- Hermitage Museum dependency at Nieuwe Herengracht 14, in the core zone of the WHS
- LGBTQ culture The "Homomonument" on the Keizersgracht canal commemorates those who have been persecuted because of their sexuality. As such it chimes with the OUV statement that the city "was a crucial centre for ......intellectual exchange and the dissemination of humanist thought"
- Sea Ports
- Secret Locations Secret church, Anne Frank House
- Carl Linnaeus During his stay in the Netherlands (1735-1738), he visited the pharmacist and collector of exotic plants Albertus Seba at Haarlemmerstraat 110 (within the Canal Ring) - "In 1735 Linnaeus visited him twice. Seba's collection became a basis on which he started to develop his classification system." (wiki)
- Gustave Eiffel Roof construction of the Royal Theatre Carré
- Hendrick Hamel During Hamel's time the Canal Ring Area was developing and expanding rapidly. On Hamel's return his accounts of Korea were published in Amsterdam causing a sensation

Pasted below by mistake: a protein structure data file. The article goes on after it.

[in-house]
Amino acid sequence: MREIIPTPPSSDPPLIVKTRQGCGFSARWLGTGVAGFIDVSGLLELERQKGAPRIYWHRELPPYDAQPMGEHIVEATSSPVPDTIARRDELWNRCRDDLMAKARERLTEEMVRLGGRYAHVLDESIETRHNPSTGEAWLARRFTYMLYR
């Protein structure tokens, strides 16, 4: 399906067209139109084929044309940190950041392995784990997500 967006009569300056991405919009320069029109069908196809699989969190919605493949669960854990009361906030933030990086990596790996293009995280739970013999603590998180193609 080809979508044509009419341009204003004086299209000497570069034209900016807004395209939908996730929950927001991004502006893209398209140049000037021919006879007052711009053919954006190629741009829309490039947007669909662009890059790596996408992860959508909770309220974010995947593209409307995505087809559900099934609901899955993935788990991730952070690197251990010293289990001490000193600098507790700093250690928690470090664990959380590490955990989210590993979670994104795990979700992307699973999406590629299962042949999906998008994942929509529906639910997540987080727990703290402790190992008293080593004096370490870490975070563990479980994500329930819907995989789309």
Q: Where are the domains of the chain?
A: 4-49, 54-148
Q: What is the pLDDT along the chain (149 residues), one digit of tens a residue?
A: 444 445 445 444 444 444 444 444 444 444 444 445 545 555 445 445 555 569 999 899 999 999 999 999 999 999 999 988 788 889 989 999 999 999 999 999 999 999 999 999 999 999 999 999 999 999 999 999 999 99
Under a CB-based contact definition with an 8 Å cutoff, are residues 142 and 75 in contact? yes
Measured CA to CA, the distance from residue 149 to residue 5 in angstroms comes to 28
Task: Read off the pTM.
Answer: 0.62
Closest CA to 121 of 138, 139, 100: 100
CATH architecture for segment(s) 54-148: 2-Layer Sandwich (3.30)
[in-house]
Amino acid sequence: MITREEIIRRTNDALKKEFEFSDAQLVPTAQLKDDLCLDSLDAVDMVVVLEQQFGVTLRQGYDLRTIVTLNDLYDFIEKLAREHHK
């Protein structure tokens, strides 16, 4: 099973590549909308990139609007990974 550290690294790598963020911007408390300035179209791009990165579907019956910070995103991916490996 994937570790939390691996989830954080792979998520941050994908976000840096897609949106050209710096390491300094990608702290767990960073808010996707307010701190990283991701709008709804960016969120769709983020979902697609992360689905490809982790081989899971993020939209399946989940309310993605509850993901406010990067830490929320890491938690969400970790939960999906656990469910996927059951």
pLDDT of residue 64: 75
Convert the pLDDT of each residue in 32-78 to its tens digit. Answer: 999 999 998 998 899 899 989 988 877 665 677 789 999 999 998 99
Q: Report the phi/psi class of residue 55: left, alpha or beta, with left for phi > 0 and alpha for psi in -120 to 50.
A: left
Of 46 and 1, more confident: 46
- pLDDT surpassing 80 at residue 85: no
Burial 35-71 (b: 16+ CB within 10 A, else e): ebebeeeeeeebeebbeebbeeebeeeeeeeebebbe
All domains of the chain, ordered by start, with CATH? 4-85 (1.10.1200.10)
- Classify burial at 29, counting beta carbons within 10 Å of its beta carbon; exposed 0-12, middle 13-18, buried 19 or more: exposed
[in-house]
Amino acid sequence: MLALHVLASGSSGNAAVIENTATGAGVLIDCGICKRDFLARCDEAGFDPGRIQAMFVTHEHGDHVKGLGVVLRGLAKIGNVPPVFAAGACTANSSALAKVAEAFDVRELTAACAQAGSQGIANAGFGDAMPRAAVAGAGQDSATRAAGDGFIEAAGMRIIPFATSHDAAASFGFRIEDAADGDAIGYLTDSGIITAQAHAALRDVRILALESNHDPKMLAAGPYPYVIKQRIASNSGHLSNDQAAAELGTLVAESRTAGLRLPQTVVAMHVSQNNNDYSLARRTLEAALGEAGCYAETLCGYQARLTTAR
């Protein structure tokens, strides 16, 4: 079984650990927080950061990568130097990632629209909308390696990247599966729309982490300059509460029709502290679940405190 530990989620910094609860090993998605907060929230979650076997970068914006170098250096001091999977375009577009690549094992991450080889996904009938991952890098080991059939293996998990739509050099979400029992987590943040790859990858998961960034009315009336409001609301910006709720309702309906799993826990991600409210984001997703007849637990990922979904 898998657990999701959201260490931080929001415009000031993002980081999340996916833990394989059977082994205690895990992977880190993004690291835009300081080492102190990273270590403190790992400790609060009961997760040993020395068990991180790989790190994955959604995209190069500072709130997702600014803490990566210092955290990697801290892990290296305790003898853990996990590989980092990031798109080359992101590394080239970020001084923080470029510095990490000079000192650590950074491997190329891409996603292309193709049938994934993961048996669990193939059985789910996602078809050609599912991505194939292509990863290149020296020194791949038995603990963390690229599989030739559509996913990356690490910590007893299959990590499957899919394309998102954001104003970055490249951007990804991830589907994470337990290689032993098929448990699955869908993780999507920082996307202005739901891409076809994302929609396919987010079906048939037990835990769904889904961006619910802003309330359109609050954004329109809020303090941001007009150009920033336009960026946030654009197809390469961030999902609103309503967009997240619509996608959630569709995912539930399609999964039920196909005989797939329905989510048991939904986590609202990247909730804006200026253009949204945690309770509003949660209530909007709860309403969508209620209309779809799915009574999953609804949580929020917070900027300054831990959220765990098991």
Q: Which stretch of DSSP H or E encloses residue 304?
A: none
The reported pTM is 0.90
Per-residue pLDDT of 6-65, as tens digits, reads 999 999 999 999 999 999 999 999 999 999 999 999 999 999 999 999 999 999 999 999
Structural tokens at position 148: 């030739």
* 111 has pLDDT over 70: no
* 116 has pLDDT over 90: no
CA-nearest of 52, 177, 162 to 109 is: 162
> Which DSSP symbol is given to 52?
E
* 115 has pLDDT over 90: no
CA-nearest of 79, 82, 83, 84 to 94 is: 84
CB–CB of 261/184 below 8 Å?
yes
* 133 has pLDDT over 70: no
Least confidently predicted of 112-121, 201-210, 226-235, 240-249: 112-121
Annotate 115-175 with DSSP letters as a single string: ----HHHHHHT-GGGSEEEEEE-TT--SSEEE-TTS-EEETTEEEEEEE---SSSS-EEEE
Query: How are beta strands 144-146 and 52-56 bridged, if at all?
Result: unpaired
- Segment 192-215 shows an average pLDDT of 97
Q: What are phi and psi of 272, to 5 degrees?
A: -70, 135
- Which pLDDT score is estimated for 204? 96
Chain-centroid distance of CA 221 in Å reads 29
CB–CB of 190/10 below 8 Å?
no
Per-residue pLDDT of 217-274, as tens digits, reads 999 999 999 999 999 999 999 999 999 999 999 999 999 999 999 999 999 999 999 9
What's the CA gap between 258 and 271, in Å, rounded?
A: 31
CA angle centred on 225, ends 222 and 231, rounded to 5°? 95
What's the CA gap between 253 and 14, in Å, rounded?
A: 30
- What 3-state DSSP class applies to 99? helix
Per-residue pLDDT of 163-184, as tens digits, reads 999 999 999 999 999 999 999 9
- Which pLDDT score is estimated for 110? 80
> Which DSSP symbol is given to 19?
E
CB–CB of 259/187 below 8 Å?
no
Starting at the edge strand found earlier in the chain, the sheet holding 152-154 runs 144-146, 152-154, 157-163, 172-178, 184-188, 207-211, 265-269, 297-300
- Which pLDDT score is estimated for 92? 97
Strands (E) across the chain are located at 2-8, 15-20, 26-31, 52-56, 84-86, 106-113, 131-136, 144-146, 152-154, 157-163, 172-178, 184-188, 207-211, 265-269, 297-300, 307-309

- Mapped or Illustrated by Blaeu 1649 map
- Napoleon was here In October 1811 Emperor Napoleon visited Amsterdam with Marie-Louise. They stayed at the Palace outside the inscribed area but records show several visits to inscribed locations including Felix Meritis for a ball on 22 October and to Hoge Sluis on Oct 13 and 20th for fireworks (the first was cancelled for bad weather!).
- Peter the Great Peter the Great stayed at Herengracht 527 during a visit to Amsterdam in 1716 to learn about ship building
Religion and Belief
- Jewish religion and culture The large Portuguese Synagogue is actually outside the core zone, but the canal area includes minor synagogues and jewish almshouses
- Protestantism Oude Kerk (1306) - oldest building of the city, originally a catholic church but turned protestant in 1578 after some fierce iconoclasm
- Built in the 17th century Seventeenth-century canal ring area